The former mayor of São Paulo Fernando Haddad insisted on pointing out the PT as a party without extremism, of center-left and of dialogue at a dinner with businessmen this Wednesday night (13).
In an event that brought together about 20 people, including representatives from the banking sector, the PT member defended moderation and confronted ideas defended by a large part of the private sector, such as the privatization of Eletrobras and the autonomy of the Central Bank.
Haddad attended the dinner at the home of businessman João Camargo, president of Esfera Brasil, an organization that promotes dialogue between the productive sector, the federal government and Congress. The event was reported by the newspaper O Globo.
Present were Jose Olympio Pereira, from Credit Suisse, Luis Henrique Guimarães, from Raízen, Nelson Kaufman, from Vivara, Nicola Calicchio, from Softbank, and Washington Cinel, from Gocil, which hosted dinners between the government and businessmen during the government’s crisis. Jair Bolsonaro (no party).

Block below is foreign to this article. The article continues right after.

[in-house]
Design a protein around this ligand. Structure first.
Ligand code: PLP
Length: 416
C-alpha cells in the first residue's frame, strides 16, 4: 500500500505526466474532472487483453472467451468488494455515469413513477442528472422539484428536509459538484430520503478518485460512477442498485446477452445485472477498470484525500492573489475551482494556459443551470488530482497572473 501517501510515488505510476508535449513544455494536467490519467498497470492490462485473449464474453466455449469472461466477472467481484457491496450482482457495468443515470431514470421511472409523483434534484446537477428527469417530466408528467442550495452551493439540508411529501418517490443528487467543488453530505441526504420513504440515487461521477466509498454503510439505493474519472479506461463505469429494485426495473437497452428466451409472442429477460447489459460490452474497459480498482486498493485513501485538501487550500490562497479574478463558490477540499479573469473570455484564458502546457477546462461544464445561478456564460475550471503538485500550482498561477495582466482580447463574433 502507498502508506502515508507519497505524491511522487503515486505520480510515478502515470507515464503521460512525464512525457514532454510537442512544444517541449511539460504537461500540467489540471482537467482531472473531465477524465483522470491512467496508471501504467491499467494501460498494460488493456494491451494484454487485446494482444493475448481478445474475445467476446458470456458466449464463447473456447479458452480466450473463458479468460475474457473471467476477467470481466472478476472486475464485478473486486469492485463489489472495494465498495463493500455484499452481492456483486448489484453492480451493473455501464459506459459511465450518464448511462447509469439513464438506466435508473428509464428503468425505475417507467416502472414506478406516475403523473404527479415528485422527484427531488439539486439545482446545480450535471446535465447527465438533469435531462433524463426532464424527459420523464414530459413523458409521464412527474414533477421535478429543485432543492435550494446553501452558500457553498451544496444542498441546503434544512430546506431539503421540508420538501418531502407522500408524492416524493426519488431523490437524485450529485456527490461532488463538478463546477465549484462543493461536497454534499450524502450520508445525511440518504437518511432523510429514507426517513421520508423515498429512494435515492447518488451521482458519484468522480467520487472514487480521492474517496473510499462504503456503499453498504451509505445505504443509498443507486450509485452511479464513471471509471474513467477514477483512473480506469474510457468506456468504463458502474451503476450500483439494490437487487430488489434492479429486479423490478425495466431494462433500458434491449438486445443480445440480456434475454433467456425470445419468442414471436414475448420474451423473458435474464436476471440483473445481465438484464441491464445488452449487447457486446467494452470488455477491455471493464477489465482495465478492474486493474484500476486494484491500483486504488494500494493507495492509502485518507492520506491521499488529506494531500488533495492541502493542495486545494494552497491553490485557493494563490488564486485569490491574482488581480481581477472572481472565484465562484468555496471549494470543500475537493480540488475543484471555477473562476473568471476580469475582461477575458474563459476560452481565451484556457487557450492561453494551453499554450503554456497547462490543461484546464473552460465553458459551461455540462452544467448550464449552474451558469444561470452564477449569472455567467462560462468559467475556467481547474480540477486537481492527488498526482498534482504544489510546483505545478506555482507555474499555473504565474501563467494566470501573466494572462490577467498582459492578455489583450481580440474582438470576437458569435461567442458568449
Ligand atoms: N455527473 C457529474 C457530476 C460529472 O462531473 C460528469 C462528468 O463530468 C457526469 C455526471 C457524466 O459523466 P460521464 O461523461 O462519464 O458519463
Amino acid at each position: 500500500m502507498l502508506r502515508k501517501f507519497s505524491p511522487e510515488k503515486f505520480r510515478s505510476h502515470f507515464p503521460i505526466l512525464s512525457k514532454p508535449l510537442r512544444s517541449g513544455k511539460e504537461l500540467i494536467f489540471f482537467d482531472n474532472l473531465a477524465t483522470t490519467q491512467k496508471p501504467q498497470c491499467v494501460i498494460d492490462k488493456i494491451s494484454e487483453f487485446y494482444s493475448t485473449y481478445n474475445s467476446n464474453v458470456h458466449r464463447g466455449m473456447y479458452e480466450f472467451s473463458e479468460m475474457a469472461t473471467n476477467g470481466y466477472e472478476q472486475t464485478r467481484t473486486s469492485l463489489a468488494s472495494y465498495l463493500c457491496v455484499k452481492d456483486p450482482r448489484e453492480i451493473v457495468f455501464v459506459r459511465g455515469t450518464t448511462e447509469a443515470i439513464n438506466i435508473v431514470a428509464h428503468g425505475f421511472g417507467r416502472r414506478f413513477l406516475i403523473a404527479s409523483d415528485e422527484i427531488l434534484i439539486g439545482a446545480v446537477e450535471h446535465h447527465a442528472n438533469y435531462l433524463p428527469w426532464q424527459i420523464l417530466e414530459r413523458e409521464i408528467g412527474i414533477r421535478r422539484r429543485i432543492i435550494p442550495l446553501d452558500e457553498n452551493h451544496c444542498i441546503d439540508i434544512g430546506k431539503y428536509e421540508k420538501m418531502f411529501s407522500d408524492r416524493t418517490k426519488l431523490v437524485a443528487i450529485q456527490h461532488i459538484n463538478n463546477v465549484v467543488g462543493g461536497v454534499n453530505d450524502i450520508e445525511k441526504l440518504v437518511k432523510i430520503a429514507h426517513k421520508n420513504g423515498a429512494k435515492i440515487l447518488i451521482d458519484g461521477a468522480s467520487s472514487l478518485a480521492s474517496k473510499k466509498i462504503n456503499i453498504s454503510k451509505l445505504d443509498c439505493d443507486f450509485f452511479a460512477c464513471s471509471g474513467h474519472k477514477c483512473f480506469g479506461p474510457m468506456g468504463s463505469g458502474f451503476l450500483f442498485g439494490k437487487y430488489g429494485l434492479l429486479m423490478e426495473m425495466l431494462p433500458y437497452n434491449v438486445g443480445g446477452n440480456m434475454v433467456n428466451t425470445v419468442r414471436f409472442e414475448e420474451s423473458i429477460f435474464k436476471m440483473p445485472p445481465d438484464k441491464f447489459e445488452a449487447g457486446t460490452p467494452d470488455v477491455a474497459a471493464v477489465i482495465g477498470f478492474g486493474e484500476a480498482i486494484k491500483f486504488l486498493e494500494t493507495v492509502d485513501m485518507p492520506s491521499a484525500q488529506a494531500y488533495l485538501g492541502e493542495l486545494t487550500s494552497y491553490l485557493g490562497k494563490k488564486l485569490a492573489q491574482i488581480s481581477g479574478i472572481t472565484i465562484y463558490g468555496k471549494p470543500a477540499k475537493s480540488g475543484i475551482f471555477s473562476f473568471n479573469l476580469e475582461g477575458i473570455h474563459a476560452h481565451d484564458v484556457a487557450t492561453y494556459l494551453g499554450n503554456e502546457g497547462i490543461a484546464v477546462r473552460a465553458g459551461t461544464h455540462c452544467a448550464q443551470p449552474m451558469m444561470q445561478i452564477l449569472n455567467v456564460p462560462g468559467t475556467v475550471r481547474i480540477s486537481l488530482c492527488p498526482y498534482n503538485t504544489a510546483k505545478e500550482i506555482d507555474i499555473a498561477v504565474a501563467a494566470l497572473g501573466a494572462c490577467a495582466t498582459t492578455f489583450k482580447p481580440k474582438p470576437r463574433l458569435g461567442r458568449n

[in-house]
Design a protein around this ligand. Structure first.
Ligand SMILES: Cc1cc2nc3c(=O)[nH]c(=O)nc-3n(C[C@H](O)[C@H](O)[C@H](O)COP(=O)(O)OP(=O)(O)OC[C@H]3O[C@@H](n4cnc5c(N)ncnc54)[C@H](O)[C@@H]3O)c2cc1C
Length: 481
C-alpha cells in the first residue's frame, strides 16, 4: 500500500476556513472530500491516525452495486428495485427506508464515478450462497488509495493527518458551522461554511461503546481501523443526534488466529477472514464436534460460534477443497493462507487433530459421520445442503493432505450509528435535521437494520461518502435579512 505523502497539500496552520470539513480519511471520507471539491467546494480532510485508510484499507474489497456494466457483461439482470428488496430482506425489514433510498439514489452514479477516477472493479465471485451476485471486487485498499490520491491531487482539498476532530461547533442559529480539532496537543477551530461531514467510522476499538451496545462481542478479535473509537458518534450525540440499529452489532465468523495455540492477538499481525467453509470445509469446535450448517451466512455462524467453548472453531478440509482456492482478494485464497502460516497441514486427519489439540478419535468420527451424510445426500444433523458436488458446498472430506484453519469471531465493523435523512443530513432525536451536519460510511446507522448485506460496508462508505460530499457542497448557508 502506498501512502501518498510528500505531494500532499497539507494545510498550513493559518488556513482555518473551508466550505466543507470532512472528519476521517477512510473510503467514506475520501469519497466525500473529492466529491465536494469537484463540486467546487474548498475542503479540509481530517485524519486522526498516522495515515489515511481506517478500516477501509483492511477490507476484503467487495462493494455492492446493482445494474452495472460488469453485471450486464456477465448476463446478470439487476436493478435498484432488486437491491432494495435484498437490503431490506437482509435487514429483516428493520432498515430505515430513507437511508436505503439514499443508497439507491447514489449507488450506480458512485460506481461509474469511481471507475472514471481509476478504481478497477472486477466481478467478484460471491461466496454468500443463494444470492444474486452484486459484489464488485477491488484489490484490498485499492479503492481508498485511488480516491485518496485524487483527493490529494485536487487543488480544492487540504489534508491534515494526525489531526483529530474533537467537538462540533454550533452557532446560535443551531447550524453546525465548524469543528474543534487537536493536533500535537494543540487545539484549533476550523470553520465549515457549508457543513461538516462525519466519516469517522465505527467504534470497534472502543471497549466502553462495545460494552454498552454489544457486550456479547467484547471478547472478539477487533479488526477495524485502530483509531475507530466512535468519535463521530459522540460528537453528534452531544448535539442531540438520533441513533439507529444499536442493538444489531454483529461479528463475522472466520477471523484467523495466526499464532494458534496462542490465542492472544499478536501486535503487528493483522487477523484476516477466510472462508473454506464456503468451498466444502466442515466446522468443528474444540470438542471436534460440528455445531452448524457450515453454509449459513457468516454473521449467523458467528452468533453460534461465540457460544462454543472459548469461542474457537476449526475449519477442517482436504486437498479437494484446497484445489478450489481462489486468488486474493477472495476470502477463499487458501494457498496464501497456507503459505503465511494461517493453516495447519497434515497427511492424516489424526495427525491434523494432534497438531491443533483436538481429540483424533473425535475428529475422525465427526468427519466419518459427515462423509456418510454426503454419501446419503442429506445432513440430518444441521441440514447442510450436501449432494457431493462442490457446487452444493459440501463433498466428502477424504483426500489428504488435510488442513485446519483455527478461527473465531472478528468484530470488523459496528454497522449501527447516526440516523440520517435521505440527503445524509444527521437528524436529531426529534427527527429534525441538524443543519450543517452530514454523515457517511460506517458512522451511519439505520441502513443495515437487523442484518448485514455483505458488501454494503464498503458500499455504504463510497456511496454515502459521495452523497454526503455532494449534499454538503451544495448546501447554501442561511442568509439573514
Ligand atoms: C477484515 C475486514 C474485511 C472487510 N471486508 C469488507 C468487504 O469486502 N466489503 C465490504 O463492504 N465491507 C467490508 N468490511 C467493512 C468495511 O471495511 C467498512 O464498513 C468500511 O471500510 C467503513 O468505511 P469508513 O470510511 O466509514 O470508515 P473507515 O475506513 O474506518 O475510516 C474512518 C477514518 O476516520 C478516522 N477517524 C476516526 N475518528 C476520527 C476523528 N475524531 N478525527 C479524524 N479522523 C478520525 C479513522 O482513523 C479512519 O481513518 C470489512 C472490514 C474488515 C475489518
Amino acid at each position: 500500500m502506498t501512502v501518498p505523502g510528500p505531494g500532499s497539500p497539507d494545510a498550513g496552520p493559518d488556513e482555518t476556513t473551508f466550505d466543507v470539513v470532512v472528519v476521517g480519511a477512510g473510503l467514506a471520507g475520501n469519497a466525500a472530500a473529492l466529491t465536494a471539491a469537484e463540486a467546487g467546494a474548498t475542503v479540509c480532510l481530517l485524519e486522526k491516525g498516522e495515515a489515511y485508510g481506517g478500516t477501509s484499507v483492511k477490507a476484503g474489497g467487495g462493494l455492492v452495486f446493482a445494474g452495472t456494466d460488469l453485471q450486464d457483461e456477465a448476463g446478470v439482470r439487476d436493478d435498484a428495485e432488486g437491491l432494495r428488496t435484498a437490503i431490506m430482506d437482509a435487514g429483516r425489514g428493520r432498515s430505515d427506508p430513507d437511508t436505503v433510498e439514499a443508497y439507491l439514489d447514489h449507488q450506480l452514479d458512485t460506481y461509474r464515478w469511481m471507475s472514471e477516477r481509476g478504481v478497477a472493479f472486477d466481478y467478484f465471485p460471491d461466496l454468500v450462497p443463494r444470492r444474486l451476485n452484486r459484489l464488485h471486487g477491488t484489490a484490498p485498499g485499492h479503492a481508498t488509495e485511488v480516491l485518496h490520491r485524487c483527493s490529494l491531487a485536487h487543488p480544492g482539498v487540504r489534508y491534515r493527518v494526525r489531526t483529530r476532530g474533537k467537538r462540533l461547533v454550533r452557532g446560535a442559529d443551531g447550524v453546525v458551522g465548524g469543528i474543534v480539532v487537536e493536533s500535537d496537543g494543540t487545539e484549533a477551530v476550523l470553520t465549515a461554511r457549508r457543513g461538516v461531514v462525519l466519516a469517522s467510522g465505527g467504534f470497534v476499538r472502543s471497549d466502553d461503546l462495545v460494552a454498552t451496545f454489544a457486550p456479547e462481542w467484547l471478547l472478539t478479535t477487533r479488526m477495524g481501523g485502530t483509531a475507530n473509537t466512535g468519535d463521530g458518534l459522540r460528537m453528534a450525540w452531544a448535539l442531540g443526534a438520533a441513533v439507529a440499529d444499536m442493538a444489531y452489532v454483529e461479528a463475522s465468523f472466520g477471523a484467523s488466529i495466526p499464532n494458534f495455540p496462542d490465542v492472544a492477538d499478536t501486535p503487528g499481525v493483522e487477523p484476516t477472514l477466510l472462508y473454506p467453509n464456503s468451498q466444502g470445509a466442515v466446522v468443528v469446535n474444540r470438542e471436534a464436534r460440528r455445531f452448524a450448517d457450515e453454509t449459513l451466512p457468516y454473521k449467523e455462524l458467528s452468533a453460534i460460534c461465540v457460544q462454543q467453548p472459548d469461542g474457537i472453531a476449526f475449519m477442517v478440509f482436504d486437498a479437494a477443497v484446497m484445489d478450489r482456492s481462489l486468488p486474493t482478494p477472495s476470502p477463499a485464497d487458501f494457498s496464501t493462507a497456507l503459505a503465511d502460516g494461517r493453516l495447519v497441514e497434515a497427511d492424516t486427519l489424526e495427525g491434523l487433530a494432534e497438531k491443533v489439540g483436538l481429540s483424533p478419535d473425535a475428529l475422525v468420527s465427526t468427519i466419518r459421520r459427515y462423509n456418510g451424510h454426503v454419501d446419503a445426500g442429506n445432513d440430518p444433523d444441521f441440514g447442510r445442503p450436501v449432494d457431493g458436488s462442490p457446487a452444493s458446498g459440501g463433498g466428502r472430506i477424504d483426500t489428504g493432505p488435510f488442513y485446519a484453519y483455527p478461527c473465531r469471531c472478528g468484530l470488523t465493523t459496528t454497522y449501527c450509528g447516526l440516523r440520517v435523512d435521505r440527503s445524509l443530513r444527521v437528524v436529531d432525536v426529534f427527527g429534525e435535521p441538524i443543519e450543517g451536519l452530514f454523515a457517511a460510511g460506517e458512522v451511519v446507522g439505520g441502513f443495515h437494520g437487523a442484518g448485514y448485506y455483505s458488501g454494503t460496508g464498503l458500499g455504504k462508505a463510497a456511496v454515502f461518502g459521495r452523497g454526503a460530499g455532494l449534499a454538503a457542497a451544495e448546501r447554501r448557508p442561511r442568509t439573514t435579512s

Without delving into the party’s proposals, Haddad said that the revenge of Luiz Inacio Lula da Silva (PT) will be to make a good government, and that he does not believe in the chance of a third way.
According to a participant at the meeting, the two points that most generated debate with the business community were the criticism of BC independence, which displeased some present, and the privatization of Eletrobras, of which Haddad said he was not convinced of the need. In the 2018 elections, he had made a commitment that he would not sell the company if he won the presidential race.
The former mayor also spoke about Petrobras’ corruption, one of the main obstacles to Lula’s candidacy for Planalto in 2022, and said he would put his hand in the fire for the honesty of former president Dilma Rousseff.
He pondered that the PT’s government had mistakes, but that one of the successes was the resignation of Petrobras’ board when accused of corruption. Haddad also downplayed Lula’s role in the economic crisis during the PT administration.